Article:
The December meeting of EMA’s Management Board was hosted by the Dutch government as the Agency’s interim building is now closed to prepare for the move to the new EMA building in Amsterdam Zuidas in January 2020. The move to the final building opens a new chapter for EMA and will allow the Agency to fully refocus on its mission of protecting public and animal health. However, Executive Director Guido Rasi stressed the challenges that the Agency now faces in reinitiating its activities following three years of relocation and Brexit preparedness planning and postponed investment into business-critical infrastructure. In the meantime, important new demands have been placed on the Agency that will need to be prioritised, such as the implementation of the new legislation for veterinary medicines and the new legislation on medical devices. At the same time, the Agency now has an available workforce of 775 which is significantly less compared to end 2017 when EMA’s relocation plans took shape.
As a consequence, in defining its work programme for 2020 and beyond, EMA will focus on the core activities identified in the last phase of business continuity as a baseline and will prioritise additional tasks depending on available resources. The Agency will continue to monitor staff levels and review whether additional activities can be relaunched in June 2020.
To help the Agency make best use of available resources and be best prepared for future challenges, EMA is currently conducting an in-depth review of its organisation. This future-proofing exercise will help EMA to strengthen its ability to perform important new activities together with the European regulatory network and to tackle important challenges ahead such as big data, digitalisation and new scientific methods and technologies.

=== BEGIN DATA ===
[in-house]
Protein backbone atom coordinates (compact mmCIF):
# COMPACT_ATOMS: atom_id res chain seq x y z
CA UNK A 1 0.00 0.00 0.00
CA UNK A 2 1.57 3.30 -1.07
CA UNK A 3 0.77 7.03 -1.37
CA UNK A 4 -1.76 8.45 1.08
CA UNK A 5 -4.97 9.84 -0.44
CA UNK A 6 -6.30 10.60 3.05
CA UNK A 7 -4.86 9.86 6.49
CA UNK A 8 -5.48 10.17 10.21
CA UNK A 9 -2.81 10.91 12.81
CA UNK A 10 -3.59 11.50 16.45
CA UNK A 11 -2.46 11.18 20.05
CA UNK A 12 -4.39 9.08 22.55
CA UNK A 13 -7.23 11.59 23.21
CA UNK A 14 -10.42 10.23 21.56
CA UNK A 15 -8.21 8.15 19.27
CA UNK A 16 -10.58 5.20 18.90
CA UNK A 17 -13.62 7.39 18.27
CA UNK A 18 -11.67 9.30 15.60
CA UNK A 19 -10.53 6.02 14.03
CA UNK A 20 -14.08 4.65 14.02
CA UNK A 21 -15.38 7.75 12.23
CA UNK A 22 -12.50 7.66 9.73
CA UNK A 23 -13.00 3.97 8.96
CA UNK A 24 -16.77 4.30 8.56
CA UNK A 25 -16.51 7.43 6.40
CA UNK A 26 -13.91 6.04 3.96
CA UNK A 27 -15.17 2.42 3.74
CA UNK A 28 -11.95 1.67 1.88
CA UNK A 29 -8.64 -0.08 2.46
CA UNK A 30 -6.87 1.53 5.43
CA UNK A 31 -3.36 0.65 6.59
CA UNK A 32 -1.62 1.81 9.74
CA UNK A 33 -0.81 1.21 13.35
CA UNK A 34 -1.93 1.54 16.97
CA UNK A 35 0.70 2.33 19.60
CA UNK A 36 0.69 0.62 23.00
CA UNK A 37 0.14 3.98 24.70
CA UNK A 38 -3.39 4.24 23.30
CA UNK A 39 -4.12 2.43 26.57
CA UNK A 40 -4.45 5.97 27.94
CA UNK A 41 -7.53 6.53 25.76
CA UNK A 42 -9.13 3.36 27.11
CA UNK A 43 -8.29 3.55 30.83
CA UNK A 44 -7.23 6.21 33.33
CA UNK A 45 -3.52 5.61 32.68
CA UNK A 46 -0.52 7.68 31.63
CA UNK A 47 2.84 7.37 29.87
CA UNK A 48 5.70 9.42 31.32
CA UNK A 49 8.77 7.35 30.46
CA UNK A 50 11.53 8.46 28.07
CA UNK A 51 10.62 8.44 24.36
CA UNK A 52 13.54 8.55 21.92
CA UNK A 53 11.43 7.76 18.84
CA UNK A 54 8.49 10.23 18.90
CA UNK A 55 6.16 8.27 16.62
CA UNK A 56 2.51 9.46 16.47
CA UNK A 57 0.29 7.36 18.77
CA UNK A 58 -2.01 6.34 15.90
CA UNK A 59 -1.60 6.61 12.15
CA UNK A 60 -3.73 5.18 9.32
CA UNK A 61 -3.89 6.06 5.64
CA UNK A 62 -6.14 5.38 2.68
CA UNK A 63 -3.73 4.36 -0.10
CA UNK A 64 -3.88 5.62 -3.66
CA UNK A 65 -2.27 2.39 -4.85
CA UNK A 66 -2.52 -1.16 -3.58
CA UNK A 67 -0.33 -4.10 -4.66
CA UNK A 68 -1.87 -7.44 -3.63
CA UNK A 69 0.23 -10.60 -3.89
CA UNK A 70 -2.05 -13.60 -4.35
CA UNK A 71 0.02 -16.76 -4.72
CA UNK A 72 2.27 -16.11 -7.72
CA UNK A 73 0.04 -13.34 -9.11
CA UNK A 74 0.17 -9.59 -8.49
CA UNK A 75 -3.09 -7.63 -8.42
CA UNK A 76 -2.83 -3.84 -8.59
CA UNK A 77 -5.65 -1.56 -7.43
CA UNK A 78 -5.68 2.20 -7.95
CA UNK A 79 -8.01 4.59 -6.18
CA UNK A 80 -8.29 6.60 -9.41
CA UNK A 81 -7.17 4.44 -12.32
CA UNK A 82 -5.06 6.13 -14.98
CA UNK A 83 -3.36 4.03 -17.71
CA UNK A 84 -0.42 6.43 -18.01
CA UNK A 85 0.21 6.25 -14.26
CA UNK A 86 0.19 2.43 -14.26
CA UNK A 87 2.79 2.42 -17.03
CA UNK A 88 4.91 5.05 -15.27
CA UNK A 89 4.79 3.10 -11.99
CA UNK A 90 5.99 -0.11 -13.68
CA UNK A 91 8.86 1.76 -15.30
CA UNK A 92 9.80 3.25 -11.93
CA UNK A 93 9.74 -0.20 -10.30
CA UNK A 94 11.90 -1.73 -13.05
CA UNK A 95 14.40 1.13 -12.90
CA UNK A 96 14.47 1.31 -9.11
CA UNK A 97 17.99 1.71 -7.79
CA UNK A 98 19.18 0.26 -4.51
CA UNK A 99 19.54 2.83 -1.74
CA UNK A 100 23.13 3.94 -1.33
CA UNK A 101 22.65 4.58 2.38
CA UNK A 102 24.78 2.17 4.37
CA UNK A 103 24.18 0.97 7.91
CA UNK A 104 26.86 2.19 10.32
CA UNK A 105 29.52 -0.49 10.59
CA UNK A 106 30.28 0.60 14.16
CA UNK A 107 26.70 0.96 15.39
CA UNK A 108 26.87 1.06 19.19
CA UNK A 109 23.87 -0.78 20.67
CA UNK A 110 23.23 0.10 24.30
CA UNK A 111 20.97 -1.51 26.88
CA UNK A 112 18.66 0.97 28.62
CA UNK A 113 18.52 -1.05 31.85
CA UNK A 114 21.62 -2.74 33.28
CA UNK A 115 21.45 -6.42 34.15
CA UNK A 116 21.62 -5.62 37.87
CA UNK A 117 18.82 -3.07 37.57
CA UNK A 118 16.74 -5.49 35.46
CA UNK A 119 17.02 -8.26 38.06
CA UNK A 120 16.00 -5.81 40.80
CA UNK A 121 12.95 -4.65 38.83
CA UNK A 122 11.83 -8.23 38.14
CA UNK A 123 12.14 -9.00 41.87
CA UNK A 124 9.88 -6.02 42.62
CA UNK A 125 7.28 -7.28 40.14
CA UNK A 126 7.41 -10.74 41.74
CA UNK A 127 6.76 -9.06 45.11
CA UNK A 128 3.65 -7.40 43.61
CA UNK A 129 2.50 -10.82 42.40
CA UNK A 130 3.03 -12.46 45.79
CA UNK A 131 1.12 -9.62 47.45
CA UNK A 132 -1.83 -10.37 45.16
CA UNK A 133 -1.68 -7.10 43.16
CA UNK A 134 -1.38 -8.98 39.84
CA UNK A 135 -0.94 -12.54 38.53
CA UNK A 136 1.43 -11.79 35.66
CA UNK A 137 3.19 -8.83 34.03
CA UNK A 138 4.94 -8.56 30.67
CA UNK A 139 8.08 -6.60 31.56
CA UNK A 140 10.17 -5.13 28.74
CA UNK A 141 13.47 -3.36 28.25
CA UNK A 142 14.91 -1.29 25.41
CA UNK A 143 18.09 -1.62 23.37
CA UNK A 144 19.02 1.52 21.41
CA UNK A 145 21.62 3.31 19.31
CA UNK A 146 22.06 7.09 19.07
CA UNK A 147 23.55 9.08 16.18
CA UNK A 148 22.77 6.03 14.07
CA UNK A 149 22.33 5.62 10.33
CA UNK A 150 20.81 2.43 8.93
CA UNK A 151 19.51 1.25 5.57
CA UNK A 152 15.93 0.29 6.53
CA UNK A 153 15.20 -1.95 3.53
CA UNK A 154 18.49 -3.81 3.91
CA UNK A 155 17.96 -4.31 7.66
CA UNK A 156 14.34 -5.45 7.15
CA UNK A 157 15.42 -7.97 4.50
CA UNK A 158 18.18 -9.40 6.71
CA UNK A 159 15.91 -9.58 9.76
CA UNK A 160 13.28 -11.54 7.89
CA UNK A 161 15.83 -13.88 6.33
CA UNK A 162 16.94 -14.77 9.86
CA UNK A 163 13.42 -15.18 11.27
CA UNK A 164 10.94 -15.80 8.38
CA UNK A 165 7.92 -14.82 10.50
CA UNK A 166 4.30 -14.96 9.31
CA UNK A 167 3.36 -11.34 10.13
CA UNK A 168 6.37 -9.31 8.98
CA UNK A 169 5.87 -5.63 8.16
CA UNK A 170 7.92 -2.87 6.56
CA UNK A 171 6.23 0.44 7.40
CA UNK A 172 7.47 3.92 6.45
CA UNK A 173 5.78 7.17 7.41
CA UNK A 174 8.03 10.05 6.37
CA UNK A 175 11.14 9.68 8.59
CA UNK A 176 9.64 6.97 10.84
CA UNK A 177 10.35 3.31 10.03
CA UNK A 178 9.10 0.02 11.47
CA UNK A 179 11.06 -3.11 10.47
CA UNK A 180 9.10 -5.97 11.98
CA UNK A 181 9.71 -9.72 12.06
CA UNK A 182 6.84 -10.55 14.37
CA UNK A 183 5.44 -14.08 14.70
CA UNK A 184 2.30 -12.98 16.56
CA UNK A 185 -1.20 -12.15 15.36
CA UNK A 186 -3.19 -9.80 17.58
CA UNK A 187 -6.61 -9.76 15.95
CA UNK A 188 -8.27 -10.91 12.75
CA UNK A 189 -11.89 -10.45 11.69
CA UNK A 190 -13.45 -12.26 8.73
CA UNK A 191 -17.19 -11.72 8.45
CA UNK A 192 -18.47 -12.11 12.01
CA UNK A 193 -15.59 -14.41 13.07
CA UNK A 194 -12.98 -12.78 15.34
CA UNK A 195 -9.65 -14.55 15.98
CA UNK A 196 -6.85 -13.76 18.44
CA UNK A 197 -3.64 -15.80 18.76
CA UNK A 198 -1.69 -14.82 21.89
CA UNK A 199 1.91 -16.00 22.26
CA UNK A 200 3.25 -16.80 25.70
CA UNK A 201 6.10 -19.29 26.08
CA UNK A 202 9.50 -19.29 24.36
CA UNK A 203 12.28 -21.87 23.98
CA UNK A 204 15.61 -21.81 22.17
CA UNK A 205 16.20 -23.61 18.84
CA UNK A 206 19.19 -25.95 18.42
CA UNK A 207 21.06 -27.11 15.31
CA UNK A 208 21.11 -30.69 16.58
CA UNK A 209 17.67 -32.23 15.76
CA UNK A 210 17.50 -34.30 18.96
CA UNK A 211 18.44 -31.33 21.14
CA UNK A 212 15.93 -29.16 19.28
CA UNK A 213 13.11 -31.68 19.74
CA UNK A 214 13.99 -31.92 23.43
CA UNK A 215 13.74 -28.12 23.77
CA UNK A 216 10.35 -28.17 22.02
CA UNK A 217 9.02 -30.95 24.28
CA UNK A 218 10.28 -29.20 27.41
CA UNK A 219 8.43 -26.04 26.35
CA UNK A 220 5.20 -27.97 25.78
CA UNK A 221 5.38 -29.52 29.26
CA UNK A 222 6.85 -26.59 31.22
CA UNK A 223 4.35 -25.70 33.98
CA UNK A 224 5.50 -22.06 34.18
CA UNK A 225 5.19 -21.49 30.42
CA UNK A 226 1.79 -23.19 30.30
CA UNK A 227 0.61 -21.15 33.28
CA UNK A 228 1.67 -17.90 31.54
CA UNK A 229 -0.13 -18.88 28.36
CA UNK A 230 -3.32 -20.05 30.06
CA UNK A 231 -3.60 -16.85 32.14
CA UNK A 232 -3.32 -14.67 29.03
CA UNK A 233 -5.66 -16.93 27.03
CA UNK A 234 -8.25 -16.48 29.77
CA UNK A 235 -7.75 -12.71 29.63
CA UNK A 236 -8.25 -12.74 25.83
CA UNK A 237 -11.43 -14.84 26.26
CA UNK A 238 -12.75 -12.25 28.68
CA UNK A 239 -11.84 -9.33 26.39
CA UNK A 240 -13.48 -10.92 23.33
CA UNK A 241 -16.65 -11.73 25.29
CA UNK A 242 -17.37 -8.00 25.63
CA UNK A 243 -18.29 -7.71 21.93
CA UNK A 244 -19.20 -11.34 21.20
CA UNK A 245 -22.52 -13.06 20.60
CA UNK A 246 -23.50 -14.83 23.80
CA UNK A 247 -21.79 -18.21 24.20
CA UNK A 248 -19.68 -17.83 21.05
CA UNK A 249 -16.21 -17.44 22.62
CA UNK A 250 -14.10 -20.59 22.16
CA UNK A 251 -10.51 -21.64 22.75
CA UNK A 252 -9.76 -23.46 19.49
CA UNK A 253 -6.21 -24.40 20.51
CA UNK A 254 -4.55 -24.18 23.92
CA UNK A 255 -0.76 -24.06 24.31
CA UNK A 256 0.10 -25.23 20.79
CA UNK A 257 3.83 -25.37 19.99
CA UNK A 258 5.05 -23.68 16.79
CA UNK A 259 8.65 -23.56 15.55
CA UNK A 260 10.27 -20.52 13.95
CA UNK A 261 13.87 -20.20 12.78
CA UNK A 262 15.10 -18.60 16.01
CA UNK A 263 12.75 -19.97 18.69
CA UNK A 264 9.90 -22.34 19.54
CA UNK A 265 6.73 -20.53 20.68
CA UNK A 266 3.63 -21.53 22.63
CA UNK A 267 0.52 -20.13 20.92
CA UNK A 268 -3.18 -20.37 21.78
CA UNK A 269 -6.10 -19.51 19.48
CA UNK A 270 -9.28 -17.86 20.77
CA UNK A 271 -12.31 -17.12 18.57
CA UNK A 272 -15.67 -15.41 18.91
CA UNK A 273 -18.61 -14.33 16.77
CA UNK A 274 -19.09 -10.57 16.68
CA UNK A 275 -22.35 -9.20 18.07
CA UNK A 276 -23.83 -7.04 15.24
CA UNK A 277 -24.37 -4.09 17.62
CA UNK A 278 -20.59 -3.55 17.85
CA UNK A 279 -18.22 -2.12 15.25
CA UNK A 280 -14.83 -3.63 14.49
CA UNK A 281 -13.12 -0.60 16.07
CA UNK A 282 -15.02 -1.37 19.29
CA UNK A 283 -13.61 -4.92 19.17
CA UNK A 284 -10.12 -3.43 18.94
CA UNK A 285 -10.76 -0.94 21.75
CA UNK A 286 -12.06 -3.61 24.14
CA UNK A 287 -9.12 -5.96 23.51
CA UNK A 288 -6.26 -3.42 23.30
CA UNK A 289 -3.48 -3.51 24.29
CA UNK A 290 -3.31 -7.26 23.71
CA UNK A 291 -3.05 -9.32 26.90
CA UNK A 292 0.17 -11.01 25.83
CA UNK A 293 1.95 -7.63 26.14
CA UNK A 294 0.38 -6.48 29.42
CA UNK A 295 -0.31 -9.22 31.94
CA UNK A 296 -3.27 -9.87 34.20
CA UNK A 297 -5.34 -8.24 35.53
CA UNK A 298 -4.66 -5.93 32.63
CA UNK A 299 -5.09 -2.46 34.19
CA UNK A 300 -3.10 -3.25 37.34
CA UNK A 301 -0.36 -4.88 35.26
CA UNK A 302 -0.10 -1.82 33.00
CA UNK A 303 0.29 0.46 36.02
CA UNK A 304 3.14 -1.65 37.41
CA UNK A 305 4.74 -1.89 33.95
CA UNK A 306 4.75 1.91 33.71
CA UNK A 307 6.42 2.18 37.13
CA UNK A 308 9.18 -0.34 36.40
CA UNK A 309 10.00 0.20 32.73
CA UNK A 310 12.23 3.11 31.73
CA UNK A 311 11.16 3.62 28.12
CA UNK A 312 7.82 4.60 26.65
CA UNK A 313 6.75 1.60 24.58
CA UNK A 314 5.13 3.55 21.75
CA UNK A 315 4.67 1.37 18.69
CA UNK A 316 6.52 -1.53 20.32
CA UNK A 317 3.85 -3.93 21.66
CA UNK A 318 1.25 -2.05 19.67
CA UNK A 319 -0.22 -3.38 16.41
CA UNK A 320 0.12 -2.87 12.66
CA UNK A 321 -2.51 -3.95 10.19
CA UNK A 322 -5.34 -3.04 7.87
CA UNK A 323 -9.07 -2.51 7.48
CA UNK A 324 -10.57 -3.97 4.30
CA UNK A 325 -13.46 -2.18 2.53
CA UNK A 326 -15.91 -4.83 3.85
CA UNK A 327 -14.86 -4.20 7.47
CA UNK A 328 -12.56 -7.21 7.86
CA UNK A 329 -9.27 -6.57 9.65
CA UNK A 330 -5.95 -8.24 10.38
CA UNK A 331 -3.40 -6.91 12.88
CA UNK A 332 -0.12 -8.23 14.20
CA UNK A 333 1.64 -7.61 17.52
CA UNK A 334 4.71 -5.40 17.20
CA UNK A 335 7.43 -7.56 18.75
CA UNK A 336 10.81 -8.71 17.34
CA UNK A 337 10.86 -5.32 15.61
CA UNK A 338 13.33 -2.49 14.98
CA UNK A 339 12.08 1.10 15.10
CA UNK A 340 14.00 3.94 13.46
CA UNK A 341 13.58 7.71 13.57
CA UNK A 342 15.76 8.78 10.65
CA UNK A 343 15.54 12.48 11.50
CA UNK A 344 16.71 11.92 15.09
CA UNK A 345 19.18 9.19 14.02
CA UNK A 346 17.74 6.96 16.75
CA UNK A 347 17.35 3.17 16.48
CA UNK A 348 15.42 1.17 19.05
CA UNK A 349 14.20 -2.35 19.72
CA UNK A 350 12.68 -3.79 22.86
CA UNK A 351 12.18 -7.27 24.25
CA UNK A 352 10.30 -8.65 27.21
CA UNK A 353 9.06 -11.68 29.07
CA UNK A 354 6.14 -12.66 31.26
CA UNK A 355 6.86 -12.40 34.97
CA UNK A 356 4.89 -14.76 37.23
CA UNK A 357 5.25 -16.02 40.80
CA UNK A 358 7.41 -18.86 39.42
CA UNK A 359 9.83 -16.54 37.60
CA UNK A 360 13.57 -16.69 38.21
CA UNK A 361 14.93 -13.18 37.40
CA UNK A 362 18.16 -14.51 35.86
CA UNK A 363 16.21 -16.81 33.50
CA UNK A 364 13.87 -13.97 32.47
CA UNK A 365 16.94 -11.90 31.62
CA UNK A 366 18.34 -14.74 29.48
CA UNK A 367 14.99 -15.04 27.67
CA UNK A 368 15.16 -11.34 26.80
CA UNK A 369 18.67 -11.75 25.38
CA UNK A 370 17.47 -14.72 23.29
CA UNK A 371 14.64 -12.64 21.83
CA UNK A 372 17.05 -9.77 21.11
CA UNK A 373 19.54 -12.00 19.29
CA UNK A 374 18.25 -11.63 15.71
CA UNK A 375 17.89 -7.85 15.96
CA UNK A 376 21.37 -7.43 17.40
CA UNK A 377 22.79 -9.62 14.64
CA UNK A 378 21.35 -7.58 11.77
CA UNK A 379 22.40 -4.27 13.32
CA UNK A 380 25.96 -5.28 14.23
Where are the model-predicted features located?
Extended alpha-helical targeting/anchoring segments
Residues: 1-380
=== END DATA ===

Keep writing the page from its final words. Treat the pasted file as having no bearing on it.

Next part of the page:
EMA budget for 2020
The Board adopted EMA’s budget for 2020 and a preliminary draft programme and budget for 2021. EMA’s budget and work programme for 2020 will be published on the EMA website in Q1 2020. The 2020 budget is set at EUR 358 million, a 3.3% increase on 2019.
EU cooperation on medicines’ availability
The Board heard an update on the outcome of the first phase of a pilot on the EU SPOC (single point of contact) network for cooperation on availability of human and veterinary medicines. The SPOC system was set up in 2019, as a deliverable of the joint HMA-EMA taskforce on the availability of authorised medicines, to improve information-sharing on important shortages of medicines between Member States, EMA and the European Commission. It also allows Member States to share information on medicines that could be used as an alternative and are available in other Member States. This could help prevent and manage shortages.
The first phase of the pilot ran from April to August 2019 to test the functioning and usefulness of the information exchange of the SPOCs. During this phase, 52 notifications of shortages were circulated within the SPOC network. 24 Member States made use of the SPOC system for sharing information on shortages during phase one of the pilot.
A second phase is foreseen for 2020 during which additional responsibilities of the SPOCs will be tested which are expected to improve the handling of shortages. Criteria for identifying cases deserving EU-wide coordinated action will be tested together with criteria for network alerts of upcoming public communications by different Member States that could have a high impact on patients. Before moving to the second phase, however, it is important to ensure that necessary resources can continue to be made available by EMA and the national authorities in the Member States.
More information will be published once the second phase of the pilot is completed.